Zahida is 49 years old, she is a divorcee, and mother of two. She runs a small grocery store in Tench, Rawalpindi.
Zahida remembers clearly the days when she could not sufficiently feed her family nor send her children to school.

She said:

One day I got a call from my in-laws on my neighbour’s landline, the connection was very weak and I could barely hear the voices at the other end. The line got disconnected and I got really worried that something bad had happened and they had called to give me some bad news. I hurried to my house to get some money and go to a local phone booth and call my in laws. I searched my purse and all the piggy banks in the house, but I couldn’t even find Rs. 20. I rushed to my neighbours and asked them to lend me Rs. 20, but they simply refused. That’s when I broke down and realized that I had no money and no control over my life.

“That’s when I decided to take the steering wheel of my life in my own hands! I started a small grocery store by buying 2-3 items from the money that my husband would give me for household expenses. Eventually my business grew, my kids started attending good schools.”

Zahida’s business grew so big that she built her own house with the profits that made from sales.

“Then my life came to a halt when my husband divorced me after 29 years of marriage. The kids chose their father over me, but I never left my children. I know, one day they will remember their mother!”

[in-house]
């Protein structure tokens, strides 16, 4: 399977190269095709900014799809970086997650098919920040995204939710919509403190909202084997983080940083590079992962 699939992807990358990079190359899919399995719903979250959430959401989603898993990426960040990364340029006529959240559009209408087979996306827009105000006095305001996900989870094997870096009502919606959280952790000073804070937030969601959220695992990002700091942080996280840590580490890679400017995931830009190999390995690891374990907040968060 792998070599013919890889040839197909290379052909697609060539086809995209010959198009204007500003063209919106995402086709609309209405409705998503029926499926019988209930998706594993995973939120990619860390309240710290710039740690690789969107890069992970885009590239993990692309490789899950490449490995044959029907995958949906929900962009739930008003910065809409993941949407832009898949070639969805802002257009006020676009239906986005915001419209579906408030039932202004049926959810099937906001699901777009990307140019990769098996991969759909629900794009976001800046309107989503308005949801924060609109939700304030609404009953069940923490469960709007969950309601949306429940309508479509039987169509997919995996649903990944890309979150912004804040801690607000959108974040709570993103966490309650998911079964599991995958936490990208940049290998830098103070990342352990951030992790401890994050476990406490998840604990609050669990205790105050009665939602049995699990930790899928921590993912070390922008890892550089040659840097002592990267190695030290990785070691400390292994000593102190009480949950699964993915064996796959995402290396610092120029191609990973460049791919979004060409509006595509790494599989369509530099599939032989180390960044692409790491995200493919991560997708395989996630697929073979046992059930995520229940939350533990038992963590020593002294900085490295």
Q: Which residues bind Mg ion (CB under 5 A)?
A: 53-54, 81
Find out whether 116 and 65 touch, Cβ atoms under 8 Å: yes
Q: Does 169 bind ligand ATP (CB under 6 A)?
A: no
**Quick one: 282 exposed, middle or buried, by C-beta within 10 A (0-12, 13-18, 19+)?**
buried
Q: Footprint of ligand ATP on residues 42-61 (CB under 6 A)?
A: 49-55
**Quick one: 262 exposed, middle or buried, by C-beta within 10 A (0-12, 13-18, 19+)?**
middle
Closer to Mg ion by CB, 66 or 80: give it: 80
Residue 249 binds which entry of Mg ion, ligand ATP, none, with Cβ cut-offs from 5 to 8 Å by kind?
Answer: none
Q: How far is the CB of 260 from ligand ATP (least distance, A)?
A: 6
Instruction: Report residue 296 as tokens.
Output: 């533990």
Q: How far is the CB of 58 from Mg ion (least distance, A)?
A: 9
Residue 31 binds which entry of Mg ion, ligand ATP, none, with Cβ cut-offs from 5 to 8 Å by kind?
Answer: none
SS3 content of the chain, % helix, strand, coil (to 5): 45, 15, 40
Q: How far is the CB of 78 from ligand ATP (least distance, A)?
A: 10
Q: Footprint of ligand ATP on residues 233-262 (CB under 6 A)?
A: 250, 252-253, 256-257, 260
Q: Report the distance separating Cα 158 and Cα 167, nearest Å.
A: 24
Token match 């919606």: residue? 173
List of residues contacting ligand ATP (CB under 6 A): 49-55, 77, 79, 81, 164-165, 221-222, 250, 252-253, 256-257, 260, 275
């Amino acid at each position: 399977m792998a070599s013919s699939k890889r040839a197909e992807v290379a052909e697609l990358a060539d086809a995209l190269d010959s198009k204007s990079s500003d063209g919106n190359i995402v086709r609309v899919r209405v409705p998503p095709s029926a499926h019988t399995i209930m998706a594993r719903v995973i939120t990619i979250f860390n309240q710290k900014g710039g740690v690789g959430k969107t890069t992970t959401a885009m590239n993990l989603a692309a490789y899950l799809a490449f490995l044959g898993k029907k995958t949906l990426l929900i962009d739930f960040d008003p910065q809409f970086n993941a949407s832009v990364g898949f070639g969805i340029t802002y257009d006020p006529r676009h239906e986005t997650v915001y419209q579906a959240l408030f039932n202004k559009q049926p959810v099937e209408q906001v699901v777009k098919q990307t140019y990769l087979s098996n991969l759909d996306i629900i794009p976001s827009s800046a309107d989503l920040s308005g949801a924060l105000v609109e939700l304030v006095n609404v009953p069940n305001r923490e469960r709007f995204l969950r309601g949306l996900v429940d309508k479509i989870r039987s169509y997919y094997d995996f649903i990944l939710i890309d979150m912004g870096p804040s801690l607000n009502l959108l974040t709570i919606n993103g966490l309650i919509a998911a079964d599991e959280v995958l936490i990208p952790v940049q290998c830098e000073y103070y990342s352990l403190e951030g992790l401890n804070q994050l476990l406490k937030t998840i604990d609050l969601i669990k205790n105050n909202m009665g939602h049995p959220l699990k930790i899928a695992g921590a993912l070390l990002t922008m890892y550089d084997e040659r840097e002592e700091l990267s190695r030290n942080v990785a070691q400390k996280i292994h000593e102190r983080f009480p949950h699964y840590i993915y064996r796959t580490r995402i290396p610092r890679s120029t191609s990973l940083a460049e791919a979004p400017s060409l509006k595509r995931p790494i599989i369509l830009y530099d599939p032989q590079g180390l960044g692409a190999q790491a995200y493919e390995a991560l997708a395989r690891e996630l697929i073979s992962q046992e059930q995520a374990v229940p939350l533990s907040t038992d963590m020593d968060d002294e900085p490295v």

After Zahida’s divorce she was back at zero and had to restart her life from scratch. She moved inwith her father and brothers and told them that she wanted to start her shop again. They said: “How you can start your shop here?! This neighbourhood is not suitable.”

Her family discouraged her from working, “You have a roof above your head and you get food, why do you need to work?” I said, “I don’t just want food, I want to work!”

Islamic Relief Pakistan provided Zahida with several microloans, one after the other. Even right now she is using our loan facility for the third time.

The idea behind microfinance is to empower borrowers by helping them build a business which can create income and grow. Poor people, especially in urban slums and rural areas often do not have access to banking services. Microfinance provides them with a way to build up their savings.

“I have eggs, milk, tea, sugar, pulses, rice, cold drinks, disposable glasses, and any other thing that you can think of! “ says Zahida proudly.

“Even if a servant makes 1000 USD per month, they will always remain a servant. I’m an entrepreneur, I run my own business! A servant has to seek permission from others to do whatever they want, but me, I’m my own my own boss!”

Zahida has named her store after her son and dreams of expanding her business, she says, “I want to turn this small set up into a fully-fledged departmental store and I want to support my children.”

Our Microfinance facilities are assist some of the most underprivileged and vulnerable entrepreneurs in Pakistan.